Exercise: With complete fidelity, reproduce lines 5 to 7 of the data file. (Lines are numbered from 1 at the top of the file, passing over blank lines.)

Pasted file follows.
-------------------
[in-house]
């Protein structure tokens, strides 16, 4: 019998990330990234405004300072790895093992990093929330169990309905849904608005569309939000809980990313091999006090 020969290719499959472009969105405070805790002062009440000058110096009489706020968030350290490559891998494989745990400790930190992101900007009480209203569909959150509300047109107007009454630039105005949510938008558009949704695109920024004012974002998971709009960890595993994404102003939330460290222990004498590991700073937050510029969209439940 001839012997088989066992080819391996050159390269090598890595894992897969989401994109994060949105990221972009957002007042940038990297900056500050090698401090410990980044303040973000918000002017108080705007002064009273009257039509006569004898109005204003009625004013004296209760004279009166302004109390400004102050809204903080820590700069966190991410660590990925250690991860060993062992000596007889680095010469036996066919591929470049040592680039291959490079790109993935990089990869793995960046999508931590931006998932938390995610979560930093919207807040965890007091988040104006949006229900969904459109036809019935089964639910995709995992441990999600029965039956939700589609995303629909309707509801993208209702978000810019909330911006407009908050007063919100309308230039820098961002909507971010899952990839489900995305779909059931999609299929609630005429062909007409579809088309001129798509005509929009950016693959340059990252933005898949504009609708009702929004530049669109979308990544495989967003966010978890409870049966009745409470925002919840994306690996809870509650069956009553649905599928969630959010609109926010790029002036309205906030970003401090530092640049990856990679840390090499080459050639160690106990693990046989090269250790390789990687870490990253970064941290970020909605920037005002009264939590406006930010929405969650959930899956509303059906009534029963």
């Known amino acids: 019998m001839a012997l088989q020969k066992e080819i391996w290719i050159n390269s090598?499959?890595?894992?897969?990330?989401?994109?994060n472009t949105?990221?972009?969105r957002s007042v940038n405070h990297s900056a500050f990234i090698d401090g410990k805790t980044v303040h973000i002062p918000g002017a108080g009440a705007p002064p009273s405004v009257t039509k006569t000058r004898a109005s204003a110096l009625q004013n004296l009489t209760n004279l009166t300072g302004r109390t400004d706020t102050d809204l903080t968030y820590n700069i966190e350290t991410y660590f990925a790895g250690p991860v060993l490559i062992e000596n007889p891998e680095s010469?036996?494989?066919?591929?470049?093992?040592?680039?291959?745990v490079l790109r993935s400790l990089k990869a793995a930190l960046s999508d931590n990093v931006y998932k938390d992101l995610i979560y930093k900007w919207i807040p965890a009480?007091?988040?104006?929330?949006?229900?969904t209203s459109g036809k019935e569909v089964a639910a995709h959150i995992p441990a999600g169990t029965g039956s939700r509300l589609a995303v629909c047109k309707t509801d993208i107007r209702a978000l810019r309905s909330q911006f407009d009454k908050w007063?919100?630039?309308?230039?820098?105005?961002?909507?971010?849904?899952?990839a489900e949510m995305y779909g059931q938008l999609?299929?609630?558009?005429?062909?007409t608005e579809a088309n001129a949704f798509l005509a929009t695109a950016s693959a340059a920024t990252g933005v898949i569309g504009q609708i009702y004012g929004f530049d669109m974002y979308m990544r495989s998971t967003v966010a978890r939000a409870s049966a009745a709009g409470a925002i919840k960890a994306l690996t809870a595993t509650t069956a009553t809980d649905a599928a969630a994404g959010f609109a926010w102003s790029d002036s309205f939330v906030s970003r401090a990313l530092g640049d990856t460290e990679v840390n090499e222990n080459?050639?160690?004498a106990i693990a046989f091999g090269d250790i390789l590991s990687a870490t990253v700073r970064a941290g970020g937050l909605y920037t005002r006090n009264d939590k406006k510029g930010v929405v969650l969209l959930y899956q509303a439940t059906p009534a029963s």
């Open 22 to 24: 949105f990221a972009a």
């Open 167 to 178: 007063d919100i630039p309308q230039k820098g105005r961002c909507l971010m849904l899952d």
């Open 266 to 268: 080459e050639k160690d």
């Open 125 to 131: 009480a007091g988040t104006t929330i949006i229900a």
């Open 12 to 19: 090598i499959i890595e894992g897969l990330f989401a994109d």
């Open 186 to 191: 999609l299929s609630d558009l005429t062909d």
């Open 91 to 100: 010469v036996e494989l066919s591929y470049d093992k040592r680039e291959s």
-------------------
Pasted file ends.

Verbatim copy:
């Open 167 to 178: 007063d919100i630039p309308q230039k820098g105005r961002c909507l971010m849904l899952d």
């Open 266 to 268: 080459e050639k160690d």
């Open 125 to 131: 009480a007091g988040t104006t929330i949006i229900a």